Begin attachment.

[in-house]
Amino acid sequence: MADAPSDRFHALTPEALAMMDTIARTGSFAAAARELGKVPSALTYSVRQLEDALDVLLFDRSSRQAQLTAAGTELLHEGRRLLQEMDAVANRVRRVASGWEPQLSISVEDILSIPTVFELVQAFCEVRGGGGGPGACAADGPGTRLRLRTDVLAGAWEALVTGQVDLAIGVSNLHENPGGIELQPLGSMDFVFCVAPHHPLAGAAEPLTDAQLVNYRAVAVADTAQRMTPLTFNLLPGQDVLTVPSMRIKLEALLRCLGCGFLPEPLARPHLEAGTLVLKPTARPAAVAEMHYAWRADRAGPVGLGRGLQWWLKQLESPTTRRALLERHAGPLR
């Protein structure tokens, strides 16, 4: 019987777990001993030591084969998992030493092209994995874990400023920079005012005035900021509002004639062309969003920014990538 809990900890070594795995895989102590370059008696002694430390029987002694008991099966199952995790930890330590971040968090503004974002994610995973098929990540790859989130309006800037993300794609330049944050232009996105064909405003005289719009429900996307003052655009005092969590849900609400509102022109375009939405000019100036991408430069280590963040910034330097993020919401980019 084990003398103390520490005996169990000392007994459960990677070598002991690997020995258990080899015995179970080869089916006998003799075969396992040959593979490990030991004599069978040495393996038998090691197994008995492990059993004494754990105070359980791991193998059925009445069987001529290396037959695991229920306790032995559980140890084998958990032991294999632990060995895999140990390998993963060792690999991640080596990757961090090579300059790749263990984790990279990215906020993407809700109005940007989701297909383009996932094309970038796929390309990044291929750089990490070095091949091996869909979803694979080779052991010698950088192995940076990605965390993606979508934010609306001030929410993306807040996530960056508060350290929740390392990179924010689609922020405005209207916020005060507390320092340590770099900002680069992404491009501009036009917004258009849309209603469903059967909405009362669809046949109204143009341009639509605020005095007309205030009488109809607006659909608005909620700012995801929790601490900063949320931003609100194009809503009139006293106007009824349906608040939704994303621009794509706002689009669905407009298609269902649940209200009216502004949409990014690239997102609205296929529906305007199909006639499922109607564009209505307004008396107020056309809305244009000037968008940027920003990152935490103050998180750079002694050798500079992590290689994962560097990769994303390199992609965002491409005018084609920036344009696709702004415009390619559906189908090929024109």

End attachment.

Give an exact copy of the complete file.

[in-house]
Amino acid sequence: MADAPSDRFHALTPEALAMMDTIARTGSFAAAARELGKVPSALTYSVRQLEDALDVLLFDRSSRQAQLTAAGTELLHEGRRLLQEMDAVANRVRRVASGWEPQLSISVEDILSIPTVFELVQAFCEVRGGGGGPGACAADGPGTRLRLRTDVLAGAWEALVTGQVDLAIGVSNLHENPGGIELQPLGSMDFVFCVAPHHPLAGAAEPLTDAQLVNYRAVAVADTAQRMTPLTFNLLPGQDVLTVPSMRIKLEALLRCLGCGFLPEPLARPHLEAGTLVLKPTARPAAVAEMHYAWRADRAGPVGLGRGLQWWLKQLESPTTRRALLERHAGPLR
């Protein structure tokens, strides 16, 4: 019987777990001993030591084969998992030493092209994995874990400023920079005012005035900021509002004639062309969003920014990538 809990900890070594795995895989102590370059008696002694430390029987002694008991099966199952995790930890330590971040968090503004974002994610995973098929990540790859989130309006800037993300794609330049944050232009996105064909405003005289719009429900996307003052655009005092969590849900609400509102022109375009939405000019100036991408430069280590963040910034330097993020919401980019 084990003398103390520490005996169990000392007994459960990677070598002991690997020995258990080899015995179970080869089916006998003799075969396992040959593979490990030991004599069978040495393996038998090691197994008995492990059993004494754990105070359980791991193998059925009445069987001529290396037959695991229920306790032995559980140890084998958990032991294999632990060995895999140990390998993963060792690999991640080596990757961090090579300059790749263990984790990279990215906020993407809700109005940007989701297909383009996932094309970038796929390309990044291929750089990490070095091949091996869909979803694979080779052991010698950088192995940076990605965390993606979508934010609306001030929410993306807040996530960056508060350290929740390392990179924010689609922020405005209207916020005060507390320092340590770099900002680069992404491009501009036009917004258009849309209603469903059967909405009362669809046949109204143009341009639509605020005095007309205030009488109809607006659909608005909620700012995801929790601490900063949320931003609100194009809503009139006293106007009824349906608040939704994303621009794509706002689009669905407009298609269902649940209200009216502004949409990014690239997102609205296929529906305007199909006639499922109607564009209505307004008396107020056309809305244009000037968008940027920003990152935490103050998180750079002694050798500079992590290689994962560097990769994303390199992609965002491409005018084609920036344009696709702004415009390619559906189908090929024109």